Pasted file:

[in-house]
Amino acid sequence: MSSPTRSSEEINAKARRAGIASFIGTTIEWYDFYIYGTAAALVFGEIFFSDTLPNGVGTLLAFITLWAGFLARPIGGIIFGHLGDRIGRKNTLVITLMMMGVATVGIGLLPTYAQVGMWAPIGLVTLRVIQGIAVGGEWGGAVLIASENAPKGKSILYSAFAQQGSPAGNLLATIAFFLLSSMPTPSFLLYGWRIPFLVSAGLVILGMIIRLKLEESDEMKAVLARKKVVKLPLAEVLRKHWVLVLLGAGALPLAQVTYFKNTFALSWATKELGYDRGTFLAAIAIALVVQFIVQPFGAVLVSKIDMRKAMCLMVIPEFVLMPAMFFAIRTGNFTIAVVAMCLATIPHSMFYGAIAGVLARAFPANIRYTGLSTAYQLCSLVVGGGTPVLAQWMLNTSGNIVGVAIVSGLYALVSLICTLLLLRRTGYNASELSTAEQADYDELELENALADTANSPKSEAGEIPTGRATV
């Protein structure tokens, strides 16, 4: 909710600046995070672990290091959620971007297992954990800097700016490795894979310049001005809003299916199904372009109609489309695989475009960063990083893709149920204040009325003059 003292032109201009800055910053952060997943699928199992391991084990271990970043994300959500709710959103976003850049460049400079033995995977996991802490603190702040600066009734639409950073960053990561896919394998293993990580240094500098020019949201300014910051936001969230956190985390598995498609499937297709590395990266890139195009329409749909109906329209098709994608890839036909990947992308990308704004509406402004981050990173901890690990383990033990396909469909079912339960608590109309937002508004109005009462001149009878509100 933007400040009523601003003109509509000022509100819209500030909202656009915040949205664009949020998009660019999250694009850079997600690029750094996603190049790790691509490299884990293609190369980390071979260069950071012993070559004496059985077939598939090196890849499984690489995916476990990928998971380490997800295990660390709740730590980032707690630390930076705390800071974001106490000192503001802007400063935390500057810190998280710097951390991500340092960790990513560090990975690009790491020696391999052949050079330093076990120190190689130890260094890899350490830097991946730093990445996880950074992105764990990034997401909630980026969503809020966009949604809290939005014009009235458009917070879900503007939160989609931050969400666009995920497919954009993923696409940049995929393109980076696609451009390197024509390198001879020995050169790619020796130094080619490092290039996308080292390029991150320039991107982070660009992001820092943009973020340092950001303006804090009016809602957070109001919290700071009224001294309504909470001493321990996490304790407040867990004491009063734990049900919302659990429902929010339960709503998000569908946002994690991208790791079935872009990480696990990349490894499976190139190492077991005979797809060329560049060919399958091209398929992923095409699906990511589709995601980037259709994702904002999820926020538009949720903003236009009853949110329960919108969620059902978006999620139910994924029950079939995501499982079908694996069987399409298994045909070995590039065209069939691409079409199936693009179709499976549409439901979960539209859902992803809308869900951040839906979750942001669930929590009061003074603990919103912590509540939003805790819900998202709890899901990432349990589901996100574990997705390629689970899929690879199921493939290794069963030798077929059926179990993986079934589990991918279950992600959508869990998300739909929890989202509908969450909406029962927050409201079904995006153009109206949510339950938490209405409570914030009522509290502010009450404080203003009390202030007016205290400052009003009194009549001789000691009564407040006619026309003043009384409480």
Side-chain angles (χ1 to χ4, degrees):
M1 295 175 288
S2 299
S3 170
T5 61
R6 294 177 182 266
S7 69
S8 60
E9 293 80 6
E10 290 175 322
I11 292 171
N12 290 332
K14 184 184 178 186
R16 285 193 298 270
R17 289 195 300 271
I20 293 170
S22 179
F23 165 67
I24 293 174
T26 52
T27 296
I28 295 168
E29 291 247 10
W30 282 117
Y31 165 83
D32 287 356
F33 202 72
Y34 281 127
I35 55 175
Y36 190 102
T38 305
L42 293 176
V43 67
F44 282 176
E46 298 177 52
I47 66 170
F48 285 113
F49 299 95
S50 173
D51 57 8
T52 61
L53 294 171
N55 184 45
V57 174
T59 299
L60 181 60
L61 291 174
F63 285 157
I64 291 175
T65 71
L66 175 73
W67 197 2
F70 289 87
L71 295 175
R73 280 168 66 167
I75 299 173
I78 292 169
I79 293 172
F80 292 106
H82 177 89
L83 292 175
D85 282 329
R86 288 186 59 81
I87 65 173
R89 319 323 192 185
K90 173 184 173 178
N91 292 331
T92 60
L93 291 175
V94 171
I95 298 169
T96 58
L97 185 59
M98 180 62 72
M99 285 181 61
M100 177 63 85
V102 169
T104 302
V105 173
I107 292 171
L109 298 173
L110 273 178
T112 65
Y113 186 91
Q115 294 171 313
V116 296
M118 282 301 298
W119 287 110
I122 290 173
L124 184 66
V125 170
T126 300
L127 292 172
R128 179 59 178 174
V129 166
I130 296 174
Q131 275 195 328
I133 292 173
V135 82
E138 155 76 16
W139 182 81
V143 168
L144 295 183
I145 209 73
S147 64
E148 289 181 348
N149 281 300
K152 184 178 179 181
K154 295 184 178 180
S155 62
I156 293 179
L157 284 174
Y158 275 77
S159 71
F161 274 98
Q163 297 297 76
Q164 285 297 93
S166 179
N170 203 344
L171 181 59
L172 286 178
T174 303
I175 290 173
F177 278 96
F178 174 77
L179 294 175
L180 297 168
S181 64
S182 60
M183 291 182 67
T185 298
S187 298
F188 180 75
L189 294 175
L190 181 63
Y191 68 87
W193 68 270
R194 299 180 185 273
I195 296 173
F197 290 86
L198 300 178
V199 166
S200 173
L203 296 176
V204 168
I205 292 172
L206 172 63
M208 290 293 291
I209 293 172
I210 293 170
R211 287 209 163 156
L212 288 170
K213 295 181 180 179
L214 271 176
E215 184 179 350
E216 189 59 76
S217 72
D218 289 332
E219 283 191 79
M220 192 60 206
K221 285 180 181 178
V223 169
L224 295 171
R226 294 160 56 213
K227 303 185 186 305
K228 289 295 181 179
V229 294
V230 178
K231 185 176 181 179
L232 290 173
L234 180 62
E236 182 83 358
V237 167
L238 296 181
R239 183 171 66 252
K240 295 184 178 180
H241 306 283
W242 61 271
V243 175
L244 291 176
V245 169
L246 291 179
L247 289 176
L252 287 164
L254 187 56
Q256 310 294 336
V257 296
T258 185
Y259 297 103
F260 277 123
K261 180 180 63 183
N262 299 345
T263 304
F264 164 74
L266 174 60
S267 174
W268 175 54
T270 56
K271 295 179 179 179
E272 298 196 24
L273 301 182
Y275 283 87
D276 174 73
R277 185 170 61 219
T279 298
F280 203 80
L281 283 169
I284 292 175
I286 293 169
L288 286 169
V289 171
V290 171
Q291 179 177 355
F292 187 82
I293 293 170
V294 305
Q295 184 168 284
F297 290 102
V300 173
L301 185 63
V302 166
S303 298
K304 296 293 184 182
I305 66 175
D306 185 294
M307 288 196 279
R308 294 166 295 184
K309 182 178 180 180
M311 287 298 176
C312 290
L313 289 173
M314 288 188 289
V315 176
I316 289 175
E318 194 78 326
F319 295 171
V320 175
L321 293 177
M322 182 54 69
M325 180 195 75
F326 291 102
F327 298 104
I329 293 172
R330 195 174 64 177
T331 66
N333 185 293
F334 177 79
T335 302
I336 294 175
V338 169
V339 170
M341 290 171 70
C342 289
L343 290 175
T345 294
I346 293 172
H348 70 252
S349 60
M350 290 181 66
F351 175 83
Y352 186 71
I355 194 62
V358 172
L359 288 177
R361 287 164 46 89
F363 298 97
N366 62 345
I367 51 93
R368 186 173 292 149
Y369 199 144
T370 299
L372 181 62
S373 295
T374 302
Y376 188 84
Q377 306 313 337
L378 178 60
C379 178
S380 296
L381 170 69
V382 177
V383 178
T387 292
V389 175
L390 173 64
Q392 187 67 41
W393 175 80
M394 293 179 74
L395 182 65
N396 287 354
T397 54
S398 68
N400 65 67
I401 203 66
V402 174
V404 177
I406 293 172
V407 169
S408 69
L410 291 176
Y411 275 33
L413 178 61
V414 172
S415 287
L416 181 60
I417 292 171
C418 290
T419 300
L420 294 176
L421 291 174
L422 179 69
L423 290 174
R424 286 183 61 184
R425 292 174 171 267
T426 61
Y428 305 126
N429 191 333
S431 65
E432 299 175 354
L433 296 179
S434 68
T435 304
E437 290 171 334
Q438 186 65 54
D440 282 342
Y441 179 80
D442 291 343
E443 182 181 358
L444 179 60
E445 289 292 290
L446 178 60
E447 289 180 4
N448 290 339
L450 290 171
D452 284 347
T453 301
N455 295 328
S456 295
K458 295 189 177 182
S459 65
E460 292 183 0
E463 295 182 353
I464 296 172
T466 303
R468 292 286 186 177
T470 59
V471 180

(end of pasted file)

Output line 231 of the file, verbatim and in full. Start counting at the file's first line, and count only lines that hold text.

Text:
K309 182 178 180 180